The Fix: I know what you’re thinking, “I need recommendations to get a job, but you’re telling me not to get a bunch of them!” The trick is to always be looking for recommendations, even when you’re satisfied with your job. That way, when you’re not satisfied, you’re already set. If you’ve done great work for a client, ask them for a recommendation via LinkedIn as soon as the project is completed. If you leave a job for another, ask all your former colleagues to give you a shout out. There are lots of ways and reasons to get recommendations, get creative.
3) You lie.This one is pretty self-explanatory, and yet, for some it’s hard to follow. In all business settings, if you lie, you will eventually get caught.
The Fix: The best fix to this one is to just simply not to do it.
4) You flirt. Generally women don’t have a problem with this one, but men seem to. We tend to know exactly what we want, when we want it and how to avoid you if you’re not offering how or what we want. On the one hand, the LinkedIn profile might look so juicy and attractive – how could you not write her? But on the other hand, approaching said modern woman in their professional setting (albeit an online one), isn’t ok. Even if you craft a message that would blow even Shakespeare out of the water (although, it’s questionable why you would choose that route), you probably won’t get a call back. If she’s serious about being on the site for business purposes, you will have a hard time chipping away at that. In simpler terms, don’t be a creep.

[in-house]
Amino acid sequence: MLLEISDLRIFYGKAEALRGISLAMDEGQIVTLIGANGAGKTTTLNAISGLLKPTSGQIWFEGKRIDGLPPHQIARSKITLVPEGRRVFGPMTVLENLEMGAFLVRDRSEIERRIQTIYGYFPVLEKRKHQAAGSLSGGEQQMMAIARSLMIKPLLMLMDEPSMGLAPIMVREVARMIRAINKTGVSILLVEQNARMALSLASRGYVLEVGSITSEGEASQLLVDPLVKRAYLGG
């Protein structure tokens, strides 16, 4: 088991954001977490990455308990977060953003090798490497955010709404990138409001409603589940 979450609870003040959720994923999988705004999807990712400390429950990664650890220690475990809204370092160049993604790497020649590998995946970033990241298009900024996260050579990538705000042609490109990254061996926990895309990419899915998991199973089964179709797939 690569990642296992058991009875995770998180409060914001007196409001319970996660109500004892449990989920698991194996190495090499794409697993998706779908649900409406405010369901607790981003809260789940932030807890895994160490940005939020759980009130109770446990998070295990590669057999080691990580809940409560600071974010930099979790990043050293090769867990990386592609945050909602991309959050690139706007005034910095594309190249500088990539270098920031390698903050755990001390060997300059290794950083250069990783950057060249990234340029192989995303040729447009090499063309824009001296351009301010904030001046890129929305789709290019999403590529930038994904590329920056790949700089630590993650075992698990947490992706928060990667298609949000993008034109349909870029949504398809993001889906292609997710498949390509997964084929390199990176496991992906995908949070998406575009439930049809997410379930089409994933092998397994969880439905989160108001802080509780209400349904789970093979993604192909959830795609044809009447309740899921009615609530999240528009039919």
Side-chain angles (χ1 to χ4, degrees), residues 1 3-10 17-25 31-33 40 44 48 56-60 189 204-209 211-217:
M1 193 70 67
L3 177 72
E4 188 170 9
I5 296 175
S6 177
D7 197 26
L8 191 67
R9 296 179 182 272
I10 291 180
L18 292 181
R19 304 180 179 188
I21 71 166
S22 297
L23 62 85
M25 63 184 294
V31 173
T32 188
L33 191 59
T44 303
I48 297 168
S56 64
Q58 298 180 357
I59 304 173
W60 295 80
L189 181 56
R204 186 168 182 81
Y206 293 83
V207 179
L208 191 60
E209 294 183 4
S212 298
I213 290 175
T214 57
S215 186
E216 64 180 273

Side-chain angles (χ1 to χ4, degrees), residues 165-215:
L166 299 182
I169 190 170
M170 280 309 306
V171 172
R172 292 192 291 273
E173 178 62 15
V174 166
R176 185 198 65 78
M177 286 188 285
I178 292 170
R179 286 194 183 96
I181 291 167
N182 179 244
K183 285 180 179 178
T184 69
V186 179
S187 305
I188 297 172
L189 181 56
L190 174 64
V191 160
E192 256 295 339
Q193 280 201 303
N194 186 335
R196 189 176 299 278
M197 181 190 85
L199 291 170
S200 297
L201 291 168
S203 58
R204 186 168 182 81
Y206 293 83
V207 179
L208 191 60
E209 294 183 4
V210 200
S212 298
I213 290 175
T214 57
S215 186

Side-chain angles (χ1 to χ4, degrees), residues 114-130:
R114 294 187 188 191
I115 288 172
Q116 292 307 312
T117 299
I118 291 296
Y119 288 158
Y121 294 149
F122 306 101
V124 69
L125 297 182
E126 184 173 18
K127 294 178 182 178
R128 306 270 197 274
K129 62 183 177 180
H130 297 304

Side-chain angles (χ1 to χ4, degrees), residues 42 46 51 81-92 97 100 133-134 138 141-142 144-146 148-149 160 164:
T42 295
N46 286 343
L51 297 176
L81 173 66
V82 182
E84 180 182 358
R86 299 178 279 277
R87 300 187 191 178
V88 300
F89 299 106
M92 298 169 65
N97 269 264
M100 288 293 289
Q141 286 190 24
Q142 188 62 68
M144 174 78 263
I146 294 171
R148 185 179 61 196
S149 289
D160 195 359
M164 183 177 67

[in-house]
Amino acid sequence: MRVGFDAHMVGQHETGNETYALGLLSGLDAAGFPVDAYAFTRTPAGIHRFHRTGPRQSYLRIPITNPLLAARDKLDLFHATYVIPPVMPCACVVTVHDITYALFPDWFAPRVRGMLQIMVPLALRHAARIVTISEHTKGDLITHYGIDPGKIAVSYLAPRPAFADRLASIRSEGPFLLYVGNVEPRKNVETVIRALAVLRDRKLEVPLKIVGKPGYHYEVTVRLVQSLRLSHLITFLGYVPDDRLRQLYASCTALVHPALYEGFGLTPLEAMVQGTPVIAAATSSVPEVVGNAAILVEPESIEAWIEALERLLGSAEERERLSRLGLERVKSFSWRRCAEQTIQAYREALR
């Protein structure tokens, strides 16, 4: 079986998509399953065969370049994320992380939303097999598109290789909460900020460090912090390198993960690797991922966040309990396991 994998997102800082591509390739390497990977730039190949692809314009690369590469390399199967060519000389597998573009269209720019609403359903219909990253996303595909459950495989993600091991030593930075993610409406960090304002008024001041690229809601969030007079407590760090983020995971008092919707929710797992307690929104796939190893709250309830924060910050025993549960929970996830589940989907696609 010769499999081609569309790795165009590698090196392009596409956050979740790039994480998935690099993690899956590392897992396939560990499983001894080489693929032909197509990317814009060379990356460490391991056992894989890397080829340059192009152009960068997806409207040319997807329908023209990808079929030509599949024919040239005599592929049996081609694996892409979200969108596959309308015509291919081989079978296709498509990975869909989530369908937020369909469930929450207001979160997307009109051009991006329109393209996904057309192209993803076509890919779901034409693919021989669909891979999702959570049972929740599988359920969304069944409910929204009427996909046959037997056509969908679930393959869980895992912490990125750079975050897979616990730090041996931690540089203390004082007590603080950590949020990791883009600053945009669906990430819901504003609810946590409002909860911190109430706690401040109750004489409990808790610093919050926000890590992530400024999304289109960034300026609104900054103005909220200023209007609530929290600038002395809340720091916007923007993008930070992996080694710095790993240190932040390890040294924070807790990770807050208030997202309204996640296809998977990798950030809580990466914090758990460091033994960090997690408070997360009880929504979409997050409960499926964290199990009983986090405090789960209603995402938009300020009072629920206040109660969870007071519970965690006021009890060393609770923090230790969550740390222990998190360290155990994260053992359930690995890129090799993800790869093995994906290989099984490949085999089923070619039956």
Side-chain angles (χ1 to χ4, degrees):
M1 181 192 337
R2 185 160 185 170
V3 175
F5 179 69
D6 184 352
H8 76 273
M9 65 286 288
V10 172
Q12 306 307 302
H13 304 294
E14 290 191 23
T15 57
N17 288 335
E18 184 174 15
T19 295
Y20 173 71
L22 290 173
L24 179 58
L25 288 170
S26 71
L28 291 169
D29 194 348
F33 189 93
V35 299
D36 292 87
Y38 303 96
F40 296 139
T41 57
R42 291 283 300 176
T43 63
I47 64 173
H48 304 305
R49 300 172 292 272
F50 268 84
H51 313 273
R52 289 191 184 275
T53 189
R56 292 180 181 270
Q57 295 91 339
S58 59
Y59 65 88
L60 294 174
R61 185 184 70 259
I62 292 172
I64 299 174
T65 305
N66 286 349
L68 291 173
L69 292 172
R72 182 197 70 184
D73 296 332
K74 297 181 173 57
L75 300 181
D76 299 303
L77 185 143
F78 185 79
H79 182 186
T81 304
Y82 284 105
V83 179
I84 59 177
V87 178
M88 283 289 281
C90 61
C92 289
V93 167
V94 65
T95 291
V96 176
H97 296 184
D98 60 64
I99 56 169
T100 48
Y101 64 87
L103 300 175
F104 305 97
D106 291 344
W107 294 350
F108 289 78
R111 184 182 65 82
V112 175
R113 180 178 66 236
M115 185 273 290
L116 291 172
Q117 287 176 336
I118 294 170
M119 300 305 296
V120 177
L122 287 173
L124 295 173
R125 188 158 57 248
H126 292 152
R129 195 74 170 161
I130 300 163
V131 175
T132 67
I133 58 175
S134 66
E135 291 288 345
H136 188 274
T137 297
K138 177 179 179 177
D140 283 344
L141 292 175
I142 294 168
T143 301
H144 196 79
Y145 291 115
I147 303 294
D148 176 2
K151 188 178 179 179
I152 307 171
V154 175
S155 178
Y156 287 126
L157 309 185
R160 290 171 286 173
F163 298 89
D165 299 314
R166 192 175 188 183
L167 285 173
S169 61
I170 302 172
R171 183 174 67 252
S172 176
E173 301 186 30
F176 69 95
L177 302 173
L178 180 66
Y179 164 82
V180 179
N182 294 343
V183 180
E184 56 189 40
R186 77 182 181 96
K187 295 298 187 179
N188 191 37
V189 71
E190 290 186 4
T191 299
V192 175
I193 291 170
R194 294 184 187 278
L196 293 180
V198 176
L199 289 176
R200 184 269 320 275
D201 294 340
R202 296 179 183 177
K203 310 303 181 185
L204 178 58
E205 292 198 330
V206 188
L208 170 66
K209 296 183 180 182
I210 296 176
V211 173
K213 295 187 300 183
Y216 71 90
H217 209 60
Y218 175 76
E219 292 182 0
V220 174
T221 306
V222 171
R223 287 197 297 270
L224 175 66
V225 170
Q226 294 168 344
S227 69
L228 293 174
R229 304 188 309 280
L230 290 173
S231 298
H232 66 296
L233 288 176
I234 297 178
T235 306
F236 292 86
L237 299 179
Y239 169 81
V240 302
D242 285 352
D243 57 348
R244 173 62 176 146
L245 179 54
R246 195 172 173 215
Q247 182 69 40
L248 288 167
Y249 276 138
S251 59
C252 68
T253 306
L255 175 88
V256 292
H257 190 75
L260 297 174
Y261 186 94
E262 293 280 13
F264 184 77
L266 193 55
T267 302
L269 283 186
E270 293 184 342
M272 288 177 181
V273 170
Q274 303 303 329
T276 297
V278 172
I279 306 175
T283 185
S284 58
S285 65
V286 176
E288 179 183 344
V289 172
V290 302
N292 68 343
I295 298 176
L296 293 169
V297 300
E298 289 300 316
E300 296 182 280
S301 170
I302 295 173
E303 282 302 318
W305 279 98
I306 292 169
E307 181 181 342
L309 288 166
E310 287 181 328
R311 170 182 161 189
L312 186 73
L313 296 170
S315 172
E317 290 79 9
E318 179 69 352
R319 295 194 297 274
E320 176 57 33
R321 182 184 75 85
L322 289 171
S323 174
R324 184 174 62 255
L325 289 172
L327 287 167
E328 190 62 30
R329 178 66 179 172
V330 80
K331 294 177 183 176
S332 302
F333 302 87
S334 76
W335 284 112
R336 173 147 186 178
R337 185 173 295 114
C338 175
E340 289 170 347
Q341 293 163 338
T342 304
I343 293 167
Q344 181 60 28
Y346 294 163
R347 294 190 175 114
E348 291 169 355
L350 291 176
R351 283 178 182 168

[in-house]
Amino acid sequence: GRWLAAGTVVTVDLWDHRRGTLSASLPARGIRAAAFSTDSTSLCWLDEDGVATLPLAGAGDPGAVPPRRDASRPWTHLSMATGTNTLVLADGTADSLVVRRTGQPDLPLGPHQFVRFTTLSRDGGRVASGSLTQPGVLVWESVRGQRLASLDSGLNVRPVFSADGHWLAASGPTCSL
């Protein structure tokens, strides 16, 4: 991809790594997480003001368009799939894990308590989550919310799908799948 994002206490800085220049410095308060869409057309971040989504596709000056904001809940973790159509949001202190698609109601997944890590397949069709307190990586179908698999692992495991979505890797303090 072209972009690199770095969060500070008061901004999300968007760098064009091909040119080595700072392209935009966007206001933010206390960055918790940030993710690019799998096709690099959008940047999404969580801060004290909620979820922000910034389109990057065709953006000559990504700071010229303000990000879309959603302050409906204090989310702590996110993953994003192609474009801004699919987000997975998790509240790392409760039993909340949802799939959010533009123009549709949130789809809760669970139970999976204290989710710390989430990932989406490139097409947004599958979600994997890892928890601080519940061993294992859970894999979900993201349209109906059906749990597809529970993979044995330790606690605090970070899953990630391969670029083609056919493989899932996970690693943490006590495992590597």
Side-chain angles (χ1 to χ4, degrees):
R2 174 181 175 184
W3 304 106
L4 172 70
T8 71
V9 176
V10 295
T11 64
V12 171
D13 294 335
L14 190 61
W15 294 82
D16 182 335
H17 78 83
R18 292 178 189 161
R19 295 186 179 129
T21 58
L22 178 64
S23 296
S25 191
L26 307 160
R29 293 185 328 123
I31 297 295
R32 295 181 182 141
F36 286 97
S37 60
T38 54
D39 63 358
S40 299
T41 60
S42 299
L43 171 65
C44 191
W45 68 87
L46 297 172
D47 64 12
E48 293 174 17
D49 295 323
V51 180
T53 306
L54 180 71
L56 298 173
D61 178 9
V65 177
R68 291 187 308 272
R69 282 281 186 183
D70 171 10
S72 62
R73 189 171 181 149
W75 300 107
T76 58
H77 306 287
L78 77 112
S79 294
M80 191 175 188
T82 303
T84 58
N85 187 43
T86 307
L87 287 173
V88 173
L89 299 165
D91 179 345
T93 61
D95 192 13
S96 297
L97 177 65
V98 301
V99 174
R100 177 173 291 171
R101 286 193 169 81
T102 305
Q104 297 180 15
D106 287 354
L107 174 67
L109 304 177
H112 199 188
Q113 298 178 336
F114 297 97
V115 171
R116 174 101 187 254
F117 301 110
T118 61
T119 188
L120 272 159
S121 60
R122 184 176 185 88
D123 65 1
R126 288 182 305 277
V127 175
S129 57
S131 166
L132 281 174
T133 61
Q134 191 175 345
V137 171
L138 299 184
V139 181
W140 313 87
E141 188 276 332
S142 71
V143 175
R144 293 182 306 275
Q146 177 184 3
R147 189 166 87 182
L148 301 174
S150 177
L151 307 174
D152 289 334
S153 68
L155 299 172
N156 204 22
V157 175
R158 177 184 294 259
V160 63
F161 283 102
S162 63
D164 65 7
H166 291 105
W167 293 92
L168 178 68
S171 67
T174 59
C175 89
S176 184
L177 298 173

The Fix: Take your party elsewhere. If you see someone on LinkedIn that you find attractive, find another way. Or connect to them and actually be professional and strike up a real networking relationship. There are better places to go to find someone to date.
5) You don’t describe your job. Hmm, “specialist.” That means so many different things. And when you don’t describe it, we have no idea what you’re talking about or what you do from 8-5 p.m. every day. The main point here is that you don’t want a blank piece a paper with job titles, it doesn’t help you at all.
The Fix: When I chose this as one of the eight “wrongs,” I actually got conflicting feedback from some folks about how best to share details about your experience. Some said it was ok to list job titles only, and then put the description in the summary at the top of the overall profile. Some said it was best to describe each job, as if building a résumé. When it comes down to it, either of these works, you just have to do one of them so people know you actually work.